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Split Infinitive - It's not always wrong

Split Infinitive

Split infinitives are not always wrong, but should be avoided when they result in an awkward construction.

The GMAT, SAT, and TOEFL tests allow split infinitives as credited (i.e., correct) answer choices.

There's an old "rule" in English that says that infinitives should never be separated--the two parts of an infinitive should always be kept together. I (Erin Billy) use the word rule in quotes because this admonition is pretty much now considered outdated and overly proscriptive by most people who study and enjoy the English language and grammar, at least that used in the United States.

But more on that in a minute. First, it is important to understand what an infinitive is. Be sure to visit this page if you're not sure what an infinitive is:

Examples of split infinitives

Let's look at some examples.

These are split infinitives:

  • to quickly leave
  • to always want
  • to easily excel
  • to not fail a class

Notice how the to part of the infinitive is separated from the base form of the verb by another word. In other words, a word or phrase comes between the to and the base form.

Now, let's change these examples so that they are not split infinitives:

  • to leave quickly
  • to want always
  • to excel easily
  • not to fail a class

Notice how the to part of the infinitive is now right next to the base form of the verb--the intervening word or phrase has been moved to either before or after the infinitive. In other words, nothing comes between the to and the base form.

Traditional grammar rules and the most formal grammar rules require that we not split infinitives; however, more modern and less formal American English grammar permits split infinitives when they sound better.

Why you need to learn about split infinitives for the GMAT, SAT, and TOEFL tests

Split infinitives occasionally show up on the GMAT, SAT, and TOEFL tests. Many test takers may have learned at some point that split infinitives are always wrong, and may therefore overlook an answer that will be considered correct on the particular test. So, it is important to know that a correct answer on these tests may include a split infinitive.

Discussion of split infinitives

The debate over whether split infinitives should be allowed in English is well documented and has been discussed ad nauseam.

Two very good discussions of split infinitives can be found here:

My intention here is not to debate whether split infinitives should be permitted in English, but rather to simply report the trends on the various ETS tests. ETS is the current creator of the content of the GMAT, SAT, and TOEFL tests and ultimately decides what is acceptable on the tests it creates. In other words, they decide whether or not you get that extra point on your admissions test. Their ruling could mean the difference between a 680 and 700 on the GMAT or a 1390 and 1400 on the SAT!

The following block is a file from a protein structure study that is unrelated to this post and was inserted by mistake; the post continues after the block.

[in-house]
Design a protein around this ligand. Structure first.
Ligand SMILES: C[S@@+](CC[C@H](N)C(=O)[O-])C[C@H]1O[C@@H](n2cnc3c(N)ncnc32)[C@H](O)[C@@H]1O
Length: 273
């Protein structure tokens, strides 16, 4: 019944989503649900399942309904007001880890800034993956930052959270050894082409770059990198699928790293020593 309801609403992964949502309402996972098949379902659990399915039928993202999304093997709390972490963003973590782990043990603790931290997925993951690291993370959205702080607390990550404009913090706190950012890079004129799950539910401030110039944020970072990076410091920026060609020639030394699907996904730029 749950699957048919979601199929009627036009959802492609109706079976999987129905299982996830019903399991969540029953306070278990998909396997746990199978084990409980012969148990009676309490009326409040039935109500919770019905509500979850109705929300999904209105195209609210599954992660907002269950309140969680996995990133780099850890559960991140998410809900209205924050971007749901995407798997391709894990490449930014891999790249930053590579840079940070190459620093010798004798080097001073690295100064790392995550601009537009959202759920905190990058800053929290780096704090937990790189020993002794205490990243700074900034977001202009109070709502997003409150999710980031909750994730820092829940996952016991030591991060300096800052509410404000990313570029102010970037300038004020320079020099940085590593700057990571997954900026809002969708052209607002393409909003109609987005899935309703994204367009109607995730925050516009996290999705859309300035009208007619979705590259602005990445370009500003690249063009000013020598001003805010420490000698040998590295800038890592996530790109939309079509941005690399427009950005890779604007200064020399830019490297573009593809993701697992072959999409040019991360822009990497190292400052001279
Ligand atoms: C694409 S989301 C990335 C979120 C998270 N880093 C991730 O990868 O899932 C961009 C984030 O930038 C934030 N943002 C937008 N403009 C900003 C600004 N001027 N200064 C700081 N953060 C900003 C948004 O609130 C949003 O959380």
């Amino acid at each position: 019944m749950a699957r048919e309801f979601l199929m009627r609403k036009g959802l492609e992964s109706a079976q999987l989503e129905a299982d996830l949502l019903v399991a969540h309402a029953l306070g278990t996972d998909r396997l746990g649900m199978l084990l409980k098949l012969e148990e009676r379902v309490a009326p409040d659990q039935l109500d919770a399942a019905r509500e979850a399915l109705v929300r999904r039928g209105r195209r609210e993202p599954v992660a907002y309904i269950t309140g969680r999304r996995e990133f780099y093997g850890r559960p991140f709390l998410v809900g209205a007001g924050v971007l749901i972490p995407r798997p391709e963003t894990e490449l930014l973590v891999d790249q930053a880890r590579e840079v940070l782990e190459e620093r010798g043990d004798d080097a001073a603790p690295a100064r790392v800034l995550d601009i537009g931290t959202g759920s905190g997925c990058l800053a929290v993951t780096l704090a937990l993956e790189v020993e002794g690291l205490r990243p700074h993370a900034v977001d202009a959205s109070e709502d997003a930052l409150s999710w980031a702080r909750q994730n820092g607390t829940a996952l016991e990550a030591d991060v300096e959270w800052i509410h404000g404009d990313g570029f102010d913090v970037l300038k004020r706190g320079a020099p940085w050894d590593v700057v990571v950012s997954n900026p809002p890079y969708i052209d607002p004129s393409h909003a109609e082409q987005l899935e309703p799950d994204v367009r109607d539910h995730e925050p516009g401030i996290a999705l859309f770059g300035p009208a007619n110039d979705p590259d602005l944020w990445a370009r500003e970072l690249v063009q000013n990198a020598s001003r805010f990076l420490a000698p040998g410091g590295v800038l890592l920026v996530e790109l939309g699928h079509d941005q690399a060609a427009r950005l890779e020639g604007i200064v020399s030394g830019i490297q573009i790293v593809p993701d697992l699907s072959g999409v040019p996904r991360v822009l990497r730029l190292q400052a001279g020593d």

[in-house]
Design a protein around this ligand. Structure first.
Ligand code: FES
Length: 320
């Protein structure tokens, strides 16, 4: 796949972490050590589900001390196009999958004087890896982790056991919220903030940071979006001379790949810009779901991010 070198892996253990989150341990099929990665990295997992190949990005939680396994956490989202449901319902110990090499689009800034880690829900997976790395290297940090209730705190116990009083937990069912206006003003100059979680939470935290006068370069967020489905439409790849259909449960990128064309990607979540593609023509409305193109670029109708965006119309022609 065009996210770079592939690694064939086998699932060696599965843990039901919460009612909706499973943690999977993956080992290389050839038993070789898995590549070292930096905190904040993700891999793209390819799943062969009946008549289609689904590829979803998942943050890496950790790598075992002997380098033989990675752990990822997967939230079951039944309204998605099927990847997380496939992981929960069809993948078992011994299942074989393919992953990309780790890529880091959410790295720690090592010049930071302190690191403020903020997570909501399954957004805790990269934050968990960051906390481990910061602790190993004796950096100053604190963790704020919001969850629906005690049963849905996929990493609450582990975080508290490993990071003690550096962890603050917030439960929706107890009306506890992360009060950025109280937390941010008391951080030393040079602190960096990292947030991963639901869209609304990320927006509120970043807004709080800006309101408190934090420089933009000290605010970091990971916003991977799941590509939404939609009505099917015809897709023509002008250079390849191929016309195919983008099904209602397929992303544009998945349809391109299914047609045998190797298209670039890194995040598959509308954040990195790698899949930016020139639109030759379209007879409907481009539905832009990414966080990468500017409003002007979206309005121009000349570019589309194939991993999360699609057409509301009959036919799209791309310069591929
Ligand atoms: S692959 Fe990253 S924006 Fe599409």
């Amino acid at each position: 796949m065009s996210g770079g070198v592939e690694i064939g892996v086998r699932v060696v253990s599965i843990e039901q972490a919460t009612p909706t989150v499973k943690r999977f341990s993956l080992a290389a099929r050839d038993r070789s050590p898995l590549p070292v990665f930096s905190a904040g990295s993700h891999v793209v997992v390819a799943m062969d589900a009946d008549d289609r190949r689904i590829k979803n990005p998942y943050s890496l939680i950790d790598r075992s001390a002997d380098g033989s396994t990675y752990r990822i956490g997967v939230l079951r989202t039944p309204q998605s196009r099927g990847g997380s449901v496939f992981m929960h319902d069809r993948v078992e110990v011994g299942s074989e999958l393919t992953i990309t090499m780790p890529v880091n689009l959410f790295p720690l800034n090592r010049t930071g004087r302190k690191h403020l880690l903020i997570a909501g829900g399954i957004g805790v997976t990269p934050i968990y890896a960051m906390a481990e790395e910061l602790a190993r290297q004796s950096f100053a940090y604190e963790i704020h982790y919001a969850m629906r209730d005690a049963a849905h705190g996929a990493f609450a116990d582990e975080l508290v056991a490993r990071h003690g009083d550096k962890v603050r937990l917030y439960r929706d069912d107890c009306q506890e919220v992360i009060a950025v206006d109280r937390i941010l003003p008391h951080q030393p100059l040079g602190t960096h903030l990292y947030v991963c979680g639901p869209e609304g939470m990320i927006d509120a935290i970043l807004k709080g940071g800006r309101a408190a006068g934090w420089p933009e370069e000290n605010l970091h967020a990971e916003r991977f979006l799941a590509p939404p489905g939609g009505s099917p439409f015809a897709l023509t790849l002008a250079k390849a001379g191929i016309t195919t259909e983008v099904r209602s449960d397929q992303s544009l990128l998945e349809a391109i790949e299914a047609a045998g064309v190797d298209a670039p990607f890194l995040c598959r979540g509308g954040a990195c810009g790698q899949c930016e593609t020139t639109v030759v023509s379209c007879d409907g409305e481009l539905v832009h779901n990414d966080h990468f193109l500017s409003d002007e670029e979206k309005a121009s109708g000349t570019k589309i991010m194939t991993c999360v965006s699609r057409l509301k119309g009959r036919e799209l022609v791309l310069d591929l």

In general, it is acceptable to split an infinitive when it sounds okay to do so.

I know that this explanation is not very satisfying for some people (particularly those who love grammar rules), but without resorting to exceedingly difficult or needlessly complicated explanations that only a linguist could enjoy or understand, this is probably the best explanation of when it is acceptable to split an infinitive.

The classic example of an infinitive that sounds best when split, and sounds awkward when it is not split, comes from the voice-over heard during the opening credits of the popular American television show, Star Trek:

These are the voyages of the starship Enterprise. Its five-year mission--to boldly go where no man has gone before.

(Note that the somewhat sexist use of the word man was changed to one in the later iterations of the classic series.)

If we were to try to keep the infinitive together, we'd end up with something like this:

  • These are the voyages of the starship Enterprise. Its five-year mission--to go boldly where no man has gone before.

This construction clearly lacks the nice fluid feel of the original, although it would probably be the second-best way to phrase the sentence.

  • * These are the voyages of the starship Enterprise. Its five-year mission--boldly to go where no man has gone before. *

This one just sounds terrible, and wouldn't be acceptable in Standard American English.

So in this example, we really have no choice but to split the infinitive.

Now here's an example of when not to split an infinitive:

  • * TestMagic clearly told Lucise to not go to the GMAT test center without identification. *

Although many native speakers of English would make such an utterance, the construction is frowned upon by most grammarians, perhaps only because the sentence could be corrected so easily:

  • This is an example of a CORRECT usage. TestMagic clearly told Lucise not to go to the GMAT test center without identification. This is an example of a CORRECT usage.

Summary of what you need to know about split infinitives

  • Experts agree--split infinitives are not always wrong.
  • ETS has credited answers with split infinitives in them.
  • There are some cases in which infinitives should not be split.

Any questions? Ask in the TestMagic Forum!

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